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Buddhadharma : Fall 2015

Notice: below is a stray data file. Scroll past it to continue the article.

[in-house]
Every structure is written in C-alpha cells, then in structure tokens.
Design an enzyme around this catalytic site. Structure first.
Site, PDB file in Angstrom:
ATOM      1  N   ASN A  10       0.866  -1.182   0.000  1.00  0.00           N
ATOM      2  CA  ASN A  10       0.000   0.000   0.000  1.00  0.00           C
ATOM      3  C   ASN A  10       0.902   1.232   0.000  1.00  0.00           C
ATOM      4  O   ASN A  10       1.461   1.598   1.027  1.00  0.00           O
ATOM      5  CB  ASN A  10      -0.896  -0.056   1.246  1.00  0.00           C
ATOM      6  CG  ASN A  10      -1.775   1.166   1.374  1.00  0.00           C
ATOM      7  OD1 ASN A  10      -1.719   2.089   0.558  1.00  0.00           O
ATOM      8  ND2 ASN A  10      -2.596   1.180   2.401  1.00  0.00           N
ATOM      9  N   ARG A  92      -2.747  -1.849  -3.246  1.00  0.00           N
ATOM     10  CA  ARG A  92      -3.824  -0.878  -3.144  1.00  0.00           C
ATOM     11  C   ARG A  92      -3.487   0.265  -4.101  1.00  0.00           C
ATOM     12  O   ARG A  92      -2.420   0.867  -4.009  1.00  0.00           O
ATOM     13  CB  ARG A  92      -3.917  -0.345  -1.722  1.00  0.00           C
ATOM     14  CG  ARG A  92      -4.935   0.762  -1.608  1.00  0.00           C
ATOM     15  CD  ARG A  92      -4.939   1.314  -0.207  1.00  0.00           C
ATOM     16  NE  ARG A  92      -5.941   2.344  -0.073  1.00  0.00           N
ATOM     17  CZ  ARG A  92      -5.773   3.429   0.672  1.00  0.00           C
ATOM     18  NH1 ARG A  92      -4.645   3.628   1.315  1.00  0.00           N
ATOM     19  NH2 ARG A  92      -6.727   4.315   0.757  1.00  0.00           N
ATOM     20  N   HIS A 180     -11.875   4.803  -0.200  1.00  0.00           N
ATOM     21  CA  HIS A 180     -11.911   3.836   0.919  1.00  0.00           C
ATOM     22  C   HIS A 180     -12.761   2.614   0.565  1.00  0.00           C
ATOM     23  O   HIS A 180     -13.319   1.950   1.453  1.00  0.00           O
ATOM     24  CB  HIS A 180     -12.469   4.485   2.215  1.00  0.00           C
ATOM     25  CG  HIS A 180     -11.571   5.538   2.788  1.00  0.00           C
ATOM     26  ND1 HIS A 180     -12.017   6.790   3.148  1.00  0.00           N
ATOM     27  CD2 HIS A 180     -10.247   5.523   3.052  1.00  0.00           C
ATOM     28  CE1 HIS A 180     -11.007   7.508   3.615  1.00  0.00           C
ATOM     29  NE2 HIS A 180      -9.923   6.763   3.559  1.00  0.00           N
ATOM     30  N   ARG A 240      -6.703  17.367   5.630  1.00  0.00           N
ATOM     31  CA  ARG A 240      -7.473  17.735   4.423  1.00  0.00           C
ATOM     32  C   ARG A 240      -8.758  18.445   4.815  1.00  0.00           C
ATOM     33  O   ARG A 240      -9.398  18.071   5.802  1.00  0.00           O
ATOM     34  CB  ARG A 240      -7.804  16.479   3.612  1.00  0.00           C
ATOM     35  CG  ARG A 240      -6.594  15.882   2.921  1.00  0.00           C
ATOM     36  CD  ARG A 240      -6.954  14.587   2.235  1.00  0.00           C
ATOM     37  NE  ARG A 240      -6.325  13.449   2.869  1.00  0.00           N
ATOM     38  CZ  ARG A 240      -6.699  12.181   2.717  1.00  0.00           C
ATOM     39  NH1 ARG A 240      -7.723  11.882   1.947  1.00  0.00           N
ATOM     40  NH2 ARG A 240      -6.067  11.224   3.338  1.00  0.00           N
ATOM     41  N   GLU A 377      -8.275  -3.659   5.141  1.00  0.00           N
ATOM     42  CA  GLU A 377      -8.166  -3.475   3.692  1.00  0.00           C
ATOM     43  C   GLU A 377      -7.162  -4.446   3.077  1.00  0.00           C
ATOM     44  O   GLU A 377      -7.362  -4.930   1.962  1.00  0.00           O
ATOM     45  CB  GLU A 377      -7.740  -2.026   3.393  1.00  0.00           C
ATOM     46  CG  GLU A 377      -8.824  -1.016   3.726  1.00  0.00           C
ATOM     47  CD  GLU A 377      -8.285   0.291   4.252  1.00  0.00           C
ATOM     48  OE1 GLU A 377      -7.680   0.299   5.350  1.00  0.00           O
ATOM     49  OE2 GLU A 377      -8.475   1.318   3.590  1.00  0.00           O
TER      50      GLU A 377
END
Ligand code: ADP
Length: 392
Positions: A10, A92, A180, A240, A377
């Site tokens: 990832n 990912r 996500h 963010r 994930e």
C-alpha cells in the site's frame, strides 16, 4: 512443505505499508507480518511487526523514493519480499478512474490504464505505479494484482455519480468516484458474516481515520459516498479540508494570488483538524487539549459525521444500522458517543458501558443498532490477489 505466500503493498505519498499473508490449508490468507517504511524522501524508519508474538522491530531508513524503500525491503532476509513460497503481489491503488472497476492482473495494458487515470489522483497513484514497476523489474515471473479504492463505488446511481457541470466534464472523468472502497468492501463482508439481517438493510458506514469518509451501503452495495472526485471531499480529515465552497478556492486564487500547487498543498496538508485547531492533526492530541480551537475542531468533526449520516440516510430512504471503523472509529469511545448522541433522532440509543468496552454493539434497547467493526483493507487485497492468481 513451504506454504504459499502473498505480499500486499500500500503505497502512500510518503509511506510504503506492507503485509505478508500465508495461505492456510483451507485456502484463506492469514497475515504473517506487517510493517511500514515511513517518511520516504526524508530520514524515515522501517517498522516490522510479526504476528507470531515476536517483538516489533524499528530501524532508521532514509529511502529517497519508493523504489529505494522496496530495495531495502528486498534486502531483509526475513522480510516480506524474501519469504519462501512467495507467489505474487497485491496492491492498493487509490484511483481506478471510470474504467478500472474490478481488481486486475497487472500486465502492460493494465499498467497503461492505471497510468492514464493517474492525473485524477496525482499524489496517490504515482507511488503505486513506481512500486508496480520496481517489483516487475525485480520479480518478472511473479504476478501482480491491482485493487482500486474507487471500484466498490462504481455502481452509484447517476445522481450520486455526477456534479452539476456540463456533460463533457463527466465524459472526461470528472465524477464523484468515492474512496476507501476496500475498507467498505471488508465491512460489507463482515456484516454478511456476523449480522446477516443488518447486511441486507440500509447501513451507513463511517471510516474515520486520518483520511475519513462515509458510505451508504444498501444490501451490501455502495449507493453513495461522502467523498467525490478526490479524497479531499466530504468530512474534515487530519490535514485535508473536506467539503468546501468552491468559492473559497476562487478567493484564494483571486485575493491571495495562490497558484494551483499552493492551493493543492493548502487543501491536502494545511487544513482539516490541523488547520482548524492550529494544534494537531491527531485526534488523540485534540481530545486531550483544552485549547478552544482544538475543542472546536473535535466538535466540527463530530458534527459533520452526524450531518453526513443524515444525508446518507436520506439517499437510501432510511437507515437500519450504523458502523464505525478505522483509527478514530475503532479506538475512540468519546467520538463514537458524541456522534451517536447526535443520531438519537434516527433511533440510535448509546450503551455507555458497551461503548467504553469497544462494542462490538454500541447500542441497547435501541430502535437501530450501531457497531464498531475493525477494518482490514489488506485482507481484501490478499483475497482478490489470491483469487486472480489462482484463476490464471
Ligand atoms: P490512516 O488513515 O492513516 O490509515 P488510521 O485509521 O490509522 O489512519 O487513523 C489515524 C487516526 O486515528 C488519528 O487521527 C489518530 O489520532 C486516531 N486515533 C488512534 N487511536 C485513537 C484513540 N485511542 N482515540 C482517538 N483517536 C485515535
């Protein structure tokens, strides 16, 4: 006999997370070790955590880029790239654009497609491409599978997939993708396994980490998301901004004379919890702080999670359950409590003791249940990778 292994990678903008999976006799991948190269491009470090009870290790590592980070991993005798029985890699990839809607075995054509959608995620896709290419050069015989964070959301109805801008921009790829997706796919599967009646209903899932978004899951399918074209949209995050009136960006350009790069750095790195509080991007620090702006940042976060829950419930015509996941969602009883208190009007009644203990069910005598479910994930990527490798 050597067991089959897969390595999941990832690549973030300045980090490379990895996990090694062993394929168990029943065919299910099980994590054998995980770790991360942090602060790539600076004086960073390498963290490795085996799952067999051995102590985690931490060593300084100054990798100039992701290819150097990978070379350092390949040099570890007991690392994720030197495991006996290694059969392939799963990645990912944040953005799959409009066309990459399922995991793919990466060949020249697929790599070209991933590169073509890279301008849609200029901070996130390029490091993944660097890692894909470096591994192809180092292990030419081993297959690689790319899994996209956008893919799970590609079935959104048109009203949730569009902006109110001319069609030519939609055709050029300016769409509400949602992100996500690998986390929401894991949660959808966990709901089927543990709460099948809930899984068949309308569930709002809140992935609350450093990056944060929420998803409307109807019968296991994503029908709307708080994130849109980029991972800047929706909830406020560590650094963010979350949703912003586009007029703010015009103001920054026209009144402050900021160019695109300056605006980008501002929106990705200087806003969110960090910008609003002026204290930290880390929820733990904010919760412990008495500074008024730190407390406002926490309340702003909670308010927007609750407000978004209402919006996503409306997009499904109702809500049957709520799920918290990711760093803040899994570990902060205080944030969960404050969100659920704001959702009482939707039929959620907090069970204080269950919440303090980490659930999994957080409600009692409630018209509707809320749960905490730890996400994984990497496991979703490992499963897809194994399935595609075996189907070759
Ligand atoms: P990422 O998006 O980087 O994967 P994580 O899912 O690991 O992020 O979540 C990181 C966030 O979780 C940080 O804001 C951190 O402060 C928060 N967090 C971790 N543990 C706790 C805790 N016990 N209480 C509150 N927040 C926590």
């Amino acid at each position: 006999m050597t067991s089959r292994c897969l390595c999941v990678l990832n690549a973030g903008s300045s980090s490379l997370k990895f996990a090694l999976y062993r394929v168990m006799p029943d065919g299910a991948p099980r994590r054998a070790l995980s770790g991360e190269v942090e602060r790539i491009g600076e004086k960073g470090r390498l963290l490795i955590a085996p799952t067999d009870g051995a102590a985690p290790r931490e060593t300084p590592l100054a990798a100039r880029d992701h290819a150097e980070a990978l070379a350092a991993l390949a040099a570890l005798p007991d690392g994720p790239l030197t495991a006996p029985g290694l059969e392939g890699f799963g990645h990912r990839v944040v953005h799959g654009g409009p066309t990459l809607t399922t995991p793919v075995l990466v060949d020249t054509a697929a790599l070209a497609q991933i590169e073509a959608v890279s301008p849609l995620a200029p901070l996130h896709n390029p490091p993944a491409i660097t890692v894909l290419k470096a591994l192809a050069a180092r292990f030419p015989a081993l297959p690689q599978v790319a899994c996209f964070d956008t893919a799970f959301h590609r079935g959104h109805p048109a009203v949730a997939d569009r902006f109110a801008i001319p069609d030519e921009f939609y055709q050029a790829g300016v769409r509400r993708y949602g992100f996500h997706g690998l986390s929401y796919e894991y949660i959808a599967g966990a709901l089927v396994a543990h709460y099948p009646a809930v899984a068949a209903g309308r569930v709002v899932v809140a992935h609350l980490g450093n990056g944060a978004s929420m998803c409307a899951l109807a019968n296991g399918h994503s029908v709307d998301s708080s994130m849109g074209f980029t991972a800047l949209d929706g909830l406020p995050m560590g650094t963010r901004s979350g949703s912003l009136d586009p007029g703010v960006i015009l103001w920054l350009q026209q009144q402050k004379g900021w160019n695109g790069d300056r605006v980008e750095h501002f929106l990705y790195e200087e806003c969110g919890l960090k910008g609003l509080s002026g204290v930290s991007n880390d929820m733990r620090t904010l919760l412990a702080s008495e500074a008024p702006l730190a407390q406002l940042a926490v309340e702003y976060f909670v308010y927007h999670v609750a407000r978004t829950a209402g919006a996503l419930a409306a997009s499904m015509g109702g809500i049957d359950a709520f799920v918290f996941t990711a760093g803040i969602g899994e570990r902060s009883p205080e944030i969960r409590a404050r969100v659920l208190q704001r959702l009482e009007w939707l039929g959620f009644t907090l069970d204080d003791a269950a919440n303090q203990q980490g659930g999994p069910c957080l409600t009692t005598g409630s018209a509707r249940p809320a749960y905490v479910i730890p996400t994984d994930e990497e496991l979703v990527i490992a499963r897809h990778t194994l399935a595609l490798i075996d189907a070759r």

fall 2 0 1 5 buDDhaDharma: the practitioner’s quarterly 17 the buddha in the tree You don’t need to look at a statue to see the Buddha, says Thich Nhat Hanh. I think the dharma hall is dif- ferent from a Buddha hall. The Buddha can represent the dharma, but a tree can repre- sent the dharma also. When we bow to the tree, we can see the Buddha, the dharma, and the sangha in the tree. Many Chinese-speaking and Vietnam- ese-speaking people will find this a little bit strange, but in Plum Village we sometimes do things that are a little bit strange. Instead of a very big statue of Buddha, we just put a tiny Buddha, and sometimes there is no Buddha statue—just a rock or a tree to get people acquainted with that kind of look- ing. When you look at a rock or a tree deeply, you can see the Buddha. FROM mindFulness Bell, SuMMER 2015 a better script Tenzin Gache says memorizing Buddhist texts replaces the stories we’re being told with the ones we really need to hear. One common criticism people raise about memorization is that it is just words. It’s true, they are “just words”; however, the words we say and hear have a powerful effect on how we think, feel, and behave. For many of us today, popular songs, movie clips, and catchphrases continuously replay themselves in our conscious and uncon- scious layers of mind, subtly influencing our mood and belief system in ways we may not notice until we try to meditate and find our mind is like Times Square or worse. As the content of popular culture mostly encourages attachment, worry, or violence, becoming mindful of what we consume is sound advice for bringing our mind into a more peaceful space. Another method to counter these negative influ- ences is to fill our mind with more constructive pathways. Cultivation of positive mental states like compassion, patience, and introspection is essential, and memorizing texts and prayers that encourage these states helps enhance them and ensure that they become more habitual. In fact, the Tibetan word for meditation, gom, literally means “to habituate.” First we learn something and commit it to memory, then we reflect on it and consider its meaning. Finally, we call it to mind again and again, familiarizing ourselves with its message and gradually deepening our understanding. The intention behind memorization is to actively train and develop your cognitive abilities and familiarize yourself with con- structive ways of thinking. Many of us read a passage from a dharma text and think, “I must remember this point,” but how often do we forget our initial insight and inspira- tion? Through memorizing inspiring texts, we continuously call them to mind, habitu- ating ourselves to the positive attitude they convey. Through memorizing difficult texts, we gradually begin to penetrate their hidden significance while integrating the message into our being in such a way that we start to feel “This is a part of me.” If we truly are the summation of what we think and believe, we would be prudent to become familiar with eloquent, uplifting, and saga- cious sayings rather than much of the super- ficial relics of pop culture that bombard us if we tune into TV and the Internet. FROM mandala, JuLy–DECEMBER 2015 Seated Buddha Mongolia